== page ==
The plasma temperature was determined from measured OI line intensities, using transition probabilities from the NIST data base1 and applying the standard Boltz-mann plot method [19]. For this purpose, intensities of three OI transitions (at wavelengths 777.337, 926.387 and 882.043 nm), originating from upper levels with excitation energies ranging from 10.741 to 14.134 eV, have been measured. The temperature obtained in this way is the so-called excitation temperature. At electron densities and temperatures of our experiment (ne X 1016 cirT3, T X 12500 K), the collision frequency between electrons and atoms (ions) is sufficient for establishing partial Local Thermal Equilibrium (pLTE) conditions in the plasma, leading to a Boltzmann population among excited atomic levels with principal quantum numbers n ^ 3 [20]. At pLTE conditions one can assume that the determined excitation temperature and the temperature characterizing the kinetic energy distribution of electrons (Maxwell distribution) are the same.

In the case of arc plasmas at atmospheric pressure (d.c. discharges), the large collision frequency between electrons and atoms (ions) leads also to "thermalization" of the heavy components of the plasma, i.e., to a balance between kinetic energies of the electrons and heavy particles. Thus, the so-called gas temperature in arc plasmas at atmospheric pressure is only somewhat smaller than the electron temperature [19].

The main parameter, determining the Stark broadening of spectral lines, is the electron density (ne) of the plasma. This crucial parameter was determined from measured

1 NIST Atomic Spectra Database (

FWHM of the hydrogen Hp transition. For this purpose, we applied the theoretical broadening results of Gigosos and Cardenoso [8]. These calculations include the contribution to the observed line widths arising from ion dynamic effects. Other broadening mechanisms, such as in_I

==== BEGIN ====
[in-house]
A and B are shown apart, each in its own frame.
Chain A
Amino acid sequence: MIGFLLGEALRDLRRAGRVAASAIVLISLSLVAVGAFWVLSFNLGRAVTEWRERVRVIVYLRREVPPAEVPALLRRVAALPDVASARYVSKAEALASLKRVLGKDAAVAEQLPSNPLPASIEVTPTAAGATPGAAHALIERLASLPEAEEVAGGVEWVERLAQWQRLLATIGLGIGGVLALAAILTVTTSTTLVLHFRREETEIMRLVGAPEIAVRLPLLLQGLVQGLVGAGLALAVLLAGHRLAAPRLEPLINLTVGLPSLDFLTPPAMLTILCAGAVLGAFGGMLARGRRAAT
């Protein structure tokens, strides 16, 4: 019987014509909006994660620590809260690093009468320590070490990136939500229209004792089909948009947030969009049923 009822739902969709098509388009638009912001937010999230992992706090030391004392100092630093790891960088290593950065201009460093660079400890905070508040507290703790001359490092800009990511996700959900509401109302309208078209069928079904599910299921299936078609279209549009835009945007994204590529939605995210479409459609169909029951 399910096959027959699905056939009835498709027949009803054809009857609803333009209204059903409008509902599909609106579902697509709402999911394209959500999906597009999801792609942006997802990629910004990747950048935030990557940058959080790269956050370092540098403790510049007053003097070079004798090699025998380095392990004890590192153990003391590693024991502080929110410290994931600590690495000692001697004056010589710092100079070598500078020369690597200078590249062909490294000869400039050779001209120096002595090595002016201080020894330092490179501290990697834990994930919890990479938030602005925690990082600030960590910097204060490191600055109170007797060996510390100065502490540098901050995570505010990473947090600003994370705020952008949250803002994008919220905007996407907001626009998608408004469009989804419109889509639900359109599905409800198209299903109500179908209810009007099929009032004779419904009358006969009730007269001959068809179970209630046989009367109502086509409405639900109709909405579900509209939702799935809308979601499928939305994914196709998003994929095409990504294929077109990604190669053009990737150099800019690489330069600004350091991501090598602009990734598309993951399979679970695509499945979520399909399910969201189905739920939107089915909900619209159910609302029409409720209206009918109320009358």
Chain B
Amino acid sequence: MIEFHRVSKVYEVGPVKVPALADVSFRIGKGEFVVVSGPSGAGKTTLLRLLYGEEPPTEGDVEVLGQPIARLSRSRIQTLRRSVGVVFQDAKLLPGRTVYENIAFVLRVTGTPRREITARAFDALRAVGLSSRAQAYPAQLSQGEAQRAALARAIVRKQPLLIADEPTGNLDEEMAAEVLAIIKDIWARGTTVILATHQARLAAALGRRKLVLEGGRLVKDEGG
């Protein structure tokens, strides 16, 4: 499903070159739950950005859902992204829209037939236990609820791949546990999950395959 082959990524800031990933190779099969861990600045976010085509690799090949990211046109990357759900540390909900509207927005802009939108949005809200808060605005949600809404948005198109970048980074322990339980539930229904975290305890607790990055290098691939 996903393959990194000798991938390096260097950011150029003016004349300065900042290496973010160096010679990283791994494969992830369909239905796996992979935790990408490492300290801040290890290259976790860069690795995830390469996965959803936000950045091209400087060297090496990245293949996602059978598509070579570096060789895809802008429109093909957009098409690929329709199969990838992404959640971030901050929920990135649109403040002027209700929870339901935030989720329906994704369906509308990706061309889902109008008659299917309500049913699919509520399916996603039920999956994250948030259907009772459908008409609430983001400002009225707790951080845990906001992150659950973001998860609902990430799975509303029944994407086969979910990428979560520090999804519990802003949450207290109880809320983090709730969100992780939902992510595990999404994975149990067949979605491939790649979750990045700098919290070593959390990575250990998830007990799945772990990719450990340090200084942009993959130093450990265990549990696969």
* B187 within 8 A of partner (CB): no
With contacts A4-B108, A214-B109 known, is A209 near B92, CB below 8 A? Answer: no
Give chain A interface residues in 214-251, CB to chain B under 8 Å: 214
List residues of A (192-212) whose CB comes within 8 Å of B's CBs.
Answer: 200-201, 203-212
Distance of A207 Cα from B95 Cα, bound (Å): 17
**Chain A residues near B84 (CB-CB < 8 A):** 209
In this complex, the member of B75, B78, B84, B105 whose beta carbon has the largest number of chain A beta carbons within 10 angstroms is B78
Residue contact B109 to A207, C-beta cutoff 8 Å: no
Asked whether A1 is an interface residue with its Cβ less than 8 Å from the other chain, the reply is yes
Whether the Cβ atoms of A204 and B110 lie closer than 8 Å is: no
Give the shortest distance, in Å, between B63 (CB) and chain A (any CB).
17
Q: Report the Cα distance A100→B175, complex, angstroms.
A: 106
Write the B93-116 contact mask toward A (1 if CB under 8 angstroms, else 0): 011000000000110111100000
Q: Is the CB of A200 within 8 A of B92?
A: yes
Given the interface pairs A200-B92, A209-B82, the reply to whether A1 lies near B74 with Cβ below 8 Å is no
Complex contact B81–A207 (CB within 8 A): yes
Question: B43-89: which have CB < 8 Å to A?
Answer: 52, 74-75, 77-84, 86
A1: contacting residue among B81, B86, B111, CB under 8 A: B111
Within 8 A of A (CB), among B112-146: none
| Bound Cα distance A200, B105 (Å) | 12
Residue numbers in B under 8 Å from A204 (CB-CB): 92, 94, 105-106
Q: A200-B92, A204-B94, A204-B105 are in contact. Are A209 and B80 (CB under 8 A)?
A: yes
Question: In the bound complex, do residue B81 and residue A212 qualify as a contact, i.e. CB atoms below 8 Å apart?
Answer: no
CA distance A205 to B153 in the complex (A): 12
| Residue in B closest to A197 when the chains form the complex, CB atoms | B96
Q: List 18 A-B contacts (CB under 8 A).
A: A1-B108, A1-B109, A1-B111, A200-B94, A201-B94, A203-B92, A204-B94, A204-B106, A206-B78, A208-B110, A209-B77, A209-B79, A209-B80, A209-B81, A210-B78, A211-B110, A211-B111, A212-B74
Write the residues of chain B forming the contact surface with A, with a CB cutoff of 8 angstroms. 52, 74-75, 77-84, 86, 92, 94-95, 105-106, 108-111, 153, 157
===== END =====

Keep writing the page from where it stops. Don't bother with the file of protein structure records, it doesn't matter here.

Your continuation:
strumental and Doppler broadening, have been taken into account while determining the pure Stark FWHM of the Hft line. In Figure 2 the radial distributions of the plasma temperature and the electron density are shown for two arc currents of 39 and 54 A.

Figure 2. The radial distributions of the temperature (left graph) and the electron density of the plasma (right graph) are shown.

4. Results and discussion

For line shape studies of the CI transition only the spectra originating from nearly homogeneous plasma layers have been applied. In Figure 3 two CI line shapes (after radiance calibration) measured at two different arc currents and selected plasma layers are presented. The measured line shapes reveal a noticeable asymmetry: the red line wings are clearly enhanced. Therefore, for the purpose of determining the Stark broadening parameters, the electron impact width (w) and the asymmetry parameter (A), the measured shapes were corrected on account of two other broadening mechanisms: the Doppler and instrumental broadening. The instrumental FWHM was determined on the basis of measured spectra originating from a low pressure Plucker-type discharge in xenon. It turns out that the instrumental width could be well approximated by a Gaussian with a FWHM of 0.010 nm. Knowing the temperatures corresponding to individual plasma layers, the Doppler widths could be calculated. These widths range from 0.017 to 0.020 nm for temperatures in the interval 11500 —13500 K, respectively. Both broadening mechanisms, Doppler and instrumental, obviously lead